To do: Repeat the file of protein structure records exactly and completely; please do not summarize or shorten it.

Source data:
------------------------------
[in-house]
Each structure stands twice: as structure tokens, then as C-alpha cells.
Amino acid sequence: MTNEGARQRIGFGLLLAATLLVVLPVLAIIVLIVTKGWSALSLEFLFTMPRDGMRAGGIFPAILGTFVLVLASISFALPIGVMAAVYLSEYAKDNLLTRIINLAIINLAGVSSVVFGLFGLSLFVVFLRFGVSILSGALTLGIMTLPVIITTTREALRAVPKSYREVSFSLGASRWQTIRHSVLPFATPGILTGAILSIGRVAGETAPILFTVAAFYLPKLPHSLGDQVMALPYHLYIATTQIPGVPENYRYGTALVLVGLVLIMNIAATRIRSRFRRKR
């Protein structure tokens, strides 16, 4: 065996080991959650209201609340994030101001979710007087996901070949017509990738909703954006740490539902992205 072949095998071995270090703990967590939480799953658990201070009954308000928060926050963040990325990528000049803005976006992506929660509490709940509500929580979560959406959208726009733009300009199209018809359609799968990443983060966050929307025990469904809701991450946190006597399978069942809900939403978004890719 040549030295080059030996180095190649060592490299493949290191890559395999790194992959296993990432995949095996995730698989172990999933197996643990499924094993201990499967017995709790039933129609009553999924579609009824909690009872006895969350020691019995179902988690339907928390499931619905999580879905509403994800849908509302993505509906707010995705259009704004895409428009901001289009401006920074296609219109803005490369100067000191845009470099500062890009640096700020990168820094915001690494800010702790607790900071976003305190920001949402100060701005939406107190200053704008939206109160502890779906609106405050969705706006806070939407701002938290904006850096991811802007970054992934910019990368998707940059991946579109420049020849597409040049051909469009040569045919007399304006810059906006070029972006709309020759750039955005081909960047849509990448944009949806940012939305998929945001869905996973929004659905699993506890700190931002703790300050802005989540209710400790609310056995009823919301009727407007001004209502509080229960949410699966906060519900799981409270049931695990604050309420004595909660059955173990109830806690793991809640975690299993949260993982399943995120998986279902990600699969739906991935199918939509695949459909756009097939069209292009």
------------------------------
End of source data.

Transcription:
[in-house]
Each structure stands twice: as structure tokens, then as C-alpha cells.
Amino acid sequence: MTNEGARQRIGFGLLLAATLLVVLPVLAIIVLIVTKGWSALSLEFLFTMPRDGMRAGGIFPAILGTFVLVLASISFALPIGVMAAVYLSEYAKDNLLTRIINLAIINLAGVSSVVFGLFGLSLFVVFLRFGVSILSGALTLGIMTLPVIITTTREALRAVPKSYREVSFSLGASRWQTIRHSVLPFATPGILTGAILSIGRVAGETAPILFTVAAFYLPKLPHSLGDQVMALPYHLYIATTQIPGVPENYRYGTALVLVGLVLIMNIAATRIRSRFRRKR
């Protein structure tokens, strides 16, 4: 065996080991959650209201609340994030101001979710007087996901070949017509990738909703954006740490539902992205 072949095998071995270090703990967590939480799953658990201070009954308000928060926050963040990325990528000049803005976006992506929660509490709940509500929580979560959406959208726009733009300009199209018809359609799968990443983060966050929307025990469904809701991450946190006597399978069942809900939403978004890719 040549030295080059030996180095190649060592490299493949290191890559395999790194992959296993990432995949095996995730698989172990999933197996643990499924094993201990499967017995709790039933129609009553999924579609009824909690009872006895969350020691019995179902988690339907928390499931619905999580879905509403994800849908509302993505509906707010995705259009704004895409428009901001289009401006920074296609219109803005490369100067000191845009470099500062890009640096700020990168820094915001690494800010702790607790900071976003305190920001949402100060701005939406107190200053704008939206109160502890779906609106405050969705706006806070939407701002938290904006850096991811802007970054992934910019990368998707940059991946579109420049020849597409040049051909469009040569045919007399304006810059906006070029972006709309020759750039955005081909960047849509990448944009949806940012939305998929945001869905996973929004659905699993506890700190931002703790300050802005989540209710400790609310056995009823919301009727407007001004209502509080229960949410699966906060519900799981409270049931695990604050309420004595909660059955173990109830806690793991809640975690299993949260993982399943995120998986279902990600699969739906991935199918939509695949459909756009097939069209292009």